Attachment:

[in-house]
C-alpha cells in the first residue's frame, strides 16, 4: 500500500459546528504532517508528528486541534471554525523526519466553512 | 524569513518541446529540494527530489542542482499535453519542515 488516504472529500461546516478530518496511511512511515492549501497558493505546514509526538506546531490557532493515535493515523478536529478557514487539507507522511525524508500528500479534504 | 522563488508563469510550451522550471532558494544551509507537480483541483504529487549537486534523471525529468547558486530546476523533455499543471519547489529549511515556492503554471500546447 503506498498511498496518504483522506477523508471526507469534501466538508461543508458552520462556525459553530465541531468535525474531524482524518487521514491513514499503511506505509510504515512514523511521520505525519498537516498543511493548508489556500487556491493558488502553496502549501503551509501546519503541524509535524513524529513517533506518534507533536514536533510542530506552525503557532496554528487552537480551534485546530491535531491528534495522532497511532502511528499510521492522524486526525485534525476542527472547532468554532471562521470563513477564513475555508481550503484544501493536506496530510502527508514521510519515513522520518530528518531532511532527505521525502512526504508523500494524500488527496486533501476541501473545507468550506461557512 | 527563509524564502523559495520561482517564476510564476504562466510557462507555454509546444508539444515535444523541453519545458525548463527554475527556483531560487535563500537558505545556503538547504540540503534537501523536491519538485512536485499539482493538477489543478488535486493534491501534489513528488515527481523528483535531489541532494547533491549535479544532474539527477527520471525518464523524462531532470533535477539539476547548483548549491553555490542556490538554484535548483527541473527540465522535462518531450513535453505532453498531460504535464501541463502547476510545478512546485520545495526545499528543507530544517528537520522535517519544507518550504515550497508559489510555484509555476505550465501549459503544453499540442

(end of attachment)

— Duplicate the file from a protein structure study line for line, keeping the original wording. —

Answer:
[in-house]
C-alpha cells in the first residue's frame, strides 16, 4: 500500500459546528504532517508528528486541534471554525523526519466553512 | 524569513518541446529540494527530489542542482499535453519542515 488516504472529500461546516478530518496511511512511515492549501497558493505546514509526538506546531490557532493515535493515523478536529478557514487539507507522511525524508500528500479534504 | 522563488508563469510550451522550471532558494544551509507537480483541483504529487549537486534523471525529468547558486530546476523533455499543471519547489529549511515556492503554471500546447 503506498498511498496518504483522506477523508471526507469534501466538508461543508458552520462556525459553530465541531468535525474531524482524518487521514491513514499503511506505509510504515512514523511521520505525519498537516498543511493548508489556500487556491493558488502553496502549501503551509501546519503541524509535524513524529513517533506518534507533536514536533510542530506552525503557532496554528487552537480551534485546530491535531491528534495522532497511532502511528499510521492522524486526525485534525476542527472547532468554532471562521470563513477564513475555508481550503484544501493536506496530510502527508514521510519515513522520518530528518531532511532527505521525502512526504508523500494524500488527496486533501476541501473545507468550506461557512 | 527563509524564502523559495520561482517564476510564476504562466510557462507555454509546444508539444515535444523541453519545458525548463527554475527556483531560487535563500537558505545556503538547504540540503534537501523536491519538485512536485499539482493538477489543478488535486493534491501534489513528488515527481523528483535531489541532494547533491549535479544532474539527477527520471525518464523524462531532470533535477539539476547548483548549491553555490542556490538554484535548483527541473527540465522535462518531450513535453505532453498531460504535464501541463502547476510545478512546485520545495526545499528543507530544517528537520522535517519544507518550504515550497508559489510555484509555476505550465501549459503544453499540442